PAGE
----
Leonard Michaels

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Leonard Michaels
Leonard Michaels
Born (1933-01-02)January 2, 1933
New York City, New York, United States
Died May 10, 2003(2003-05-10) (aged 70)
California, United States
Occupation Essayist, screenwriter, novelist
Alma mater University of Michigan
Genres Fiction, non-fiction

Leonard Michaels (January 2, 1933 - May 10, 2003) was an American writer of short stories, novels, and essays. He was born in New York City to Jewish parents; his father was born in Poland. He went to college and earned his B.A. from New York University and went on to acquire an M.A. as well as a Ph.D. in English Literature from the University of Michigan, before spending most of his adult life in Berkeley, California.[1]

Going Places, his first book of short stories, made his reputation as one of the most brilliant of that era's fiction writers; the stories are urbane, funny, and written in a private, hectic diction that gives them a remarkable edge. The follow-up, coming six years later, was I Would Have Saved Them If I Could, a collection considered by some[who?] as strong as the first.[1]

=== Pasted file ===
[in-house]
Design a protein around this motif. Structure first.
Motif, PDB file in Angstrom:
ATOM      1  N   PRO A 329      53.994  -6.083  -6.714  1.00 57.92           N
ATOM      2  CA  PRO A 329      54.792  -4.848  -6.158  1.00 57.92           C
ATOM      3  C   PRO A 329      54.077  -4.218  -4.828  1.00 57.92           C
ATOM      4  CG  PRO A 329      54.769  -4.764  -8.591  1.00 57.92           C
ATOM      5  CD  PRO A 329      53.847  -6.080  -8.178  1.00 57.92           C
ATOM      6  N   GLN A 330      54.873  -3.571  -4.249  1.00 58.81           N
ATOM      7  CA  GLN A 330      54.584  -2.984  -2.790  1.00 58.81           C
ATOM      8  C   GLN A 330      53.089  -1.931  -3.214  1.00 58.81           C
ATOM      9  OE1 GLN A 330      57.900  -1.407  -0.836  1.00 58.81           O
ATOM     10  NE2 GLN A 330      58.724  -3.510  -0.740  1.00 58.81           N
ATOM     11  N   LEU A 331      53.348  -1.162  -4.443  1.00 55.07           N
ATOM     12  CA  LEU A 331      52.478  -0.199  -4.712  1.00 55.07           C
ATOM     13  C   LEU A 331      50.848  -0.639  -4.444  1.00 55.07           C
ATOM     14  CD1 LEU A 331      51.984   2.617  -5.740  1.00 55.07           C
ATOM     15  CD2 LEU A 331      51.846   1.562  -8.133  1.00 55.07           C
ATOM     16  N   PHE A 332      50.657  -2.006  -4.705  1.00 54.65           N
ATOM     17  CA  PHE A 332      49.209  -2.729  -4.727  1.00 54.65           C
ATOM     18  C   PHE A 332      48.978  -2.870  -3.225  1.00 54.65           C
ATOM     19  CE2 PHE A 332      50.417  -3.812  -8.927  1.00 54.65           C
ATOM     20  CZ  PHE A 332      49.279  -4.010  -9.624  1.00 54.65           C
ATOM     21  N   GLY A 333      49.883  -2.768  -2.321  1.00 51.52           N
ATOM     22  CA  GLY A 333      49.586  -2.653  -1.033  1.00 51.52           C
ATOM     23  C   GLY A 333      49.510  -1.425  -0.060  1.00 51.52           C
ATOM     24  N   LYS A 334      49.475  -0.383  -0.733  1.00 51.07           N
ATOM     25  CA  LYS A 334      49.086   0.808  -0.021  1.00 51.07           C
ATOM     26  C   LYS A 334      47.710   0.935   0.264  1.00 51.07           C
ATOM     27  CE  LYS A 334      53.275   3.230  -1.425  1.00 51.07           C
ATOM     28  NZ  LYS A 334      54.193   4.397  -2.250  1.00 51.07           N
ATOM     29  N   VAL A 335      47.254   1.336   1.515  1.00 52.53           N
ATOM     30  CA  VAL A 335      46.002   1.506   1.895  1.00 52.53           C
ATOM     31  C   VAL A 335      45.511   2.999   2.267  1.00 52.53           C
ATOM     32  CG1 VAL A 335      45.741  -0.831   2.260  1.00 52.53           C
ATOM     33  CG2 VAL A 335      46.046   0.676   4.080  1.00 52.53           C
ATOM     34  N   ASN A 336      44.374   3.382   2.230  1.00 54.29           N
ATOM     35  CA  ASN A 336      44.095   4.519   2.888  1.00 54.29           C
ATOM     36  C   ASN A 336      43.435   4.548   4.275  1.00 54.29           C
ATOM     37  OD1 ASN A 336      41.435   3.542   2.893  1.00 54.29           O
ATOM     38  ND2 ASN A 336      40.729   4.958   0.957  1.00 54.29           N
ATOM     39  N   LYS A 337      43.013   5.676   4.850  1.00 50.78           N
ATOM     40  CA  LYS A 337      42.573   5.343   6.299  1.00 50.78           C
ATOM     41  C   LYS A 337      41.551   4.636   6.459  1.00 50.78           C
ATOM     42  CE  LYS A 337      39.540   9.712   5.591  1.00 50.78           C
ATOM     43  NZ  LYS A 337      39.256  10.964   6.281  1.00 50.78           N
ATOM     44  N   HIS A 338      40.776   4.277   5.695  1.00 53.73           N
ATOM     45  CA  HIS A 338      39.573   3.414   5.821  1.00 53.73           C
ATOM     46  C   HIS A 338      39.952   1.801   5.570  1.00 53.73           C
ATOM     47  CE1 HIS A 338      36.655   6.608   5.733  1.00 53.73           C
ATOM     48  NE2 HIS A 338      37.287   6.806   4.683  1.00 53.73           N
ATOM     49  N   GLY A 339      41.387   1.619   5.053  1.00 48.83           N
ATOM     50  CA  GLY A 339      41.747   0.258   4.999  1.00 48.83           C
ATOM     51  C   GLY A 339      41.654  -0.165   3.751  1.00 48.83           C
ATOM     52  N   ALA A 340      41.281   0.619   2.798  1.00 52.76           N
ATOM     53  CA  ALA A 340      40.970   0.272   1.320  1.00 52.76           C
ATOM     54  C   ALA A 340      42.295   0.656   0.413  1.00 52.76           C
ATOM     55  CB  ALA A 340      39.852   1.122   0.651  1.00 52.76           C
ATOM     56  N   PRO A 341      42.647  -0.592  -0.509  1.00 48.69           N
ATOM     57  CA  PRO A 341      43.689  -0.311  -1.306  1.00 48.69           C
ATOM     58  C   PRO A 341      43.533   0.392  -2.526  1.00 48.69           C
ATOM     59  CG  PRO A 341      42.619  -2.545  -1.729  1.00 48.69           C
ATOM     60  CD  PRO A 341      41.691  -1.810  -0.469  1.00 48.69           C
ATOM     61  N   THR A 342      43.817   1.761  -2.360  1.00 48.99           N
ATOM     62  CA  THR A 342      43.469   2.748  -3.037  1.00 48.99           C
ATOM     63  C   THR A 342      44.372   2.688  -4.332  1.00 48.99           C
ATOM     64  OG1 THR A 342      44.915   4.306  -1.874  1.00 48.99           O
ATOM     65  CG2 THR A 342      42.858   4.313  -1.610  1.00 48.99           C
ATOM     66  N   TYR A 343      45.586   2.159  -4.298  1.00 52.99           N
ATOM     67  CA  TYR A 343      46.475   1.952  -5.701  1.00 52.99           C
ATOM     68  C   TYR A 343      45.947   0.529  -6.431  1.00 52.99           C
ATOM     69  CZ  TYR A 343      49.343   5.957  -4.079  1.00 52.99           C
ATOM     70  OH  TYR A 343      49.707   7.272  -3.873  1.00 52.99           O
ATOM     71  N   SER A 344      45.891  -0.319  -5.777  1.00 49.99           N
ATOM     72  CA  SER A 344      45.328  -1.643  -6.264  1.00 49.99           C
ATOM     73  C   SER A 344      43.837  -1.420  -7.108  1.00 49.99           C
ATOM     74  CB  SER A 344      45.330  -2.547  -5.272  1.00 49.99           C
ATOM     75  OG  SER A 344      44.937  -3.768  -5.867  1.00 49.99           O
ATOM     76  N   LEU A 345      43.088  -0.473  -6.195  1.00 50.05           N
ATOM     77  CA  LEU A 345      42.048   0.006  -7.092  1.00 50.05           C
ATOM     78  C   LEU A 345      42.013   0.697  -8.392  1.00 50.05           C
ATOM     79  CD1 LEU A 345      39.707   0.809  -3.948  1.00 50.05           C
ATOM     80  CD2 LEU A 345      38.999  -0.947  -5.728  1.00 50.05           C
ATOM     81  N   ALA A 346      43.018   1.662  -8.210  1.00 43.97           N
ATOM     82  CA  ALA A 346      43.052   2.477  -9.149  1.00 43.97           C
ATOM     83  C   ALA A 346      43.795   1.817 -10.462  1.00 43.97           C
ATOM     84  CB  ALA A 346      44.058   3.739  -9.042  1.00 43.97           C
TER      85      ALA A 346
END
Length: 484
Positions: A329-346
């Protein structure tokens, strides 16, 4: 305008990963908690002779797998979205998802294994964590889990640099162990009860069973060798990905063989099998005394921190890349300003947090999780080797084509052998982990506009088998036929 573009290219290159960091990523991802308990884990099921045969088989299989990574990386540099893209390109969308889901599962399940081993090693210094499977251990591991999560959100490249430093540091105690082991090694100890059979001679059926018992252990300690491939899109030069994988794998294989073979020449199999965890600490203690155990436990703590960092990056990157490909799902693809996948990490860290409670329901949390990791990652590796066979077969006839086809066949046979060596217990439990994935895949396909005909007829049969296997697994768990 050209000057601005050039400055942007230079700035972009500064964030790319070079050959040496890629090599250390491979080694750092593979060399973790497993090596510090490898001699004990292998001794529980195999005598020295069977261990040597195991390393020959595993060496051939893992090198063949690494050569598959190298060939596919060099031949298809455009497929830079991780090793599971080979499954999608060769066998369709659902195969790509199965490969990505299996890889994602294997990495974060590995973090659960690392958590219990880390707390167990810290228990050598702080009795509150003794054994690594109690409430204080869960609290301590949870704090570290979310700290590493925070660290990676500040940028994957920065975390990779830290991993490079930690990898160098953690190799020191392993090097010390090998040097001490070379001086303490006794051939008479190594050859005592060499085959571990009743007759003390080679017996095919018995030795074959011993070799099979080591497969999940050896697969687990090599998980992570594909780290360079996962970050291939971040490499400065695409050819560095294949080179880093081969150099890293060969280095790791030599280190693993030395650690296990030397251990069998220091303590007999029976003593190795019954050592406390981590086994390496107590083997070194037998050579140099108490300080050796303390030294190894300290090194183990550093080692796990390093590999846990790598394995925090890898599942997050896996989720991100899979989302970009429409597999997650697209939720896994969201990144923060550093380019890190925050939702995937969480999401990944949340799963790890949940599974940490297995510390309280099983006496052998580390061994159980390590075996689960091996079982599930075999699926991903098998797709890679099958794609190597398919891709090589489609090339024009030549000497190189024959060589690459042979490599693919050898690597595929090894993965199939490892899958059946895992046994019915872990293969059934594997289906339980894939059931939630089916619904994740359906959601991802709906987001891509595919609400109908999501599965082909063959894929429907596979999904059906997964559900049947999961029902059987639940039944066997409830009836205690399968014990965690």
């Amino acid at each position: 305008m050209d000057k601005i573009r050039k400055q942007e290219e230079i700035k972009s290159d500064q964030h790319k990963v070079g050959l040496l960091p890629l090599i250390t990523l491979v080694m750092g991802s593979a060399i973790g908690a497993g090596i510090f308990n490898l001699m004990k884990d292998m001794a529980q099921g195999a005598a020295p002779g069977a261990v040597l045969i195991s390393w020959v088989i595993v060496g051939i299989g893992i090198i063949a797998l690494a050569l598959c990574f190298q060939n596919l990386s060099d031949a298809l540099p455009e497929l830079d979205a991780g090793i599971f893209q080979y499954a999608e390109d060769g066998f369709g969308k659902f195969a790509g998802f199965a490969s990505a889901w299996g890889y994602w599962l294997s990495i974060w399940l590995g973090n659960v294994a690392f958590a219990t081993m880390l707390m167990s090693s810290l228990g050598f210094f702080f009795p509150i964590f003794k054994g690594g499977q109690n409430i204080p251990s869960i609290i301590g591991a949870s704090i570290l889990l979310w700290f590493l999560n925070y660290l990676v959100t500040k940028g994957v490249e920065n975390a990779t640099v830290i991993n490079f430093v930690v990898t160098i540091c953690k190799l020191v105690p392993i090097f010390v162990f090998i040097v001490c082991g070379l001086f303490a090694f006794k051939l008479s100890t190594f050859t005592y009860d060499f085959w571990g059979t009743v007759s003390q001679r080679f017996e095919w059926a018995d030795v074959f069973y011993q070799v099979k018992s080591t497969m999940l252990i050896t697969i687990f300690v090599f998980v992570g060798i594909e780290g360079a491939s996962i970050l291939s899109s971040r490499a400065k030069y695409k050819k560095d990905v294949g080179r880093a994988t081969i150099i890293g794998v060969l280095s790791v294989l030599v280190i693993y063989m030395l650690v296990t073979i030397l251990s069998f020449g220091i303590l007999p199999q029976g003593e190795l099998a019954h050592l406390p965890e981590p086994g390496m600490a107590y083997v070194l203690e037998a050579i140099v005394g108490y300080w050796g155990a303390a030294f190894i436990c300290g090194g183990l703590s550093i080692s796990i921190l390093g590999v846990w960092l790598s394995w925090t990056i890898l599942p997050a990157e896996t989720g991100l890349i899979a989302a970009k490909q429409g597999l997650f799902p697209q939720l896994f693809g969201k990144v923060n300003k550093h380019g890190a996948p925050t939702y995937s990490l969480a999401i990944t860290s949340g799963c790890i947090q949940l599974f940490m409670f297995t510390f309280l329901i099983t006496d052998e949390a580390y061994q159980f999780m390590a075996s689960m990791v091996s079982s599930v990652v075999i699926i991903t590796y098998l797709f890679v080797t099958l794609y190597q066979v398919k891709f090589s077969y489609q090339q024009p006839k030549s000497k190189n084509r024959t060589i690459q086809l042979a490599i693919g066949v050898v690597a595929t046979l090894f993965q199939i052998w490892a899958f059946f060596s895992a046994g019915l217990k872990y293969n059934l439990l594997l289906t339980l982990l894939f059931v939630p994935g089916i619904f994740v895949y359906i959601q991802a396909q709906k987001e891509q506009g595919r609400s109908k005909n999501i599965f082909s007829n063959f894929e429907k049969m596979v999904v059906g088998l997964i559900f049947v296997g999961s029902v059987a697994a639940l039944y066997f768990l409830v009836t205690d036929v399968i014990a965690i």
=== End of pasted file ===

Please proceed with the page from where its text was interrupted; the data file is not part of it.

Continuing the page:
The Men's Club, Michaels' first novel, is a story-like, relatively short comedic work that simultaneously attacks and celebrates the absurdities of men as they gather in a kind of urban support group. In 1986, the novel was made into a film, directed by Peter Medak, with the screenplay by Michaels, and starring Roy Scheider, Harvey Keitel, Stockard Channing, Jennifer Jason Leigh and Frank Langella.

Sylvia is a fictionalized memoir of Michael's first wife, Sylvia Bloch, who committed suicide.

Michaels was a professor of English at the University of California, Berkeley.

He is interred at Oakmont Memorial Park, in Lafayette, California.

Michaels had a daughter with his third wife, the poet Brenda Hillman.[2] His son Jesse Michaels (from his second marriage) was the vocalist and primary lyricist in the seminal underground punk rock band Operation Ivy.

Selected publications[edit]

References[edit]

  1. ^ a b "Leonard Michaels". Senate.universityofcalifornia.edu. Retrieved 2014-01-19. 
  2. ^ "Leonard Michaels Biography". eNotes.com. 1933-01-02. Retrieved 2014-01-19. 

External links[edit]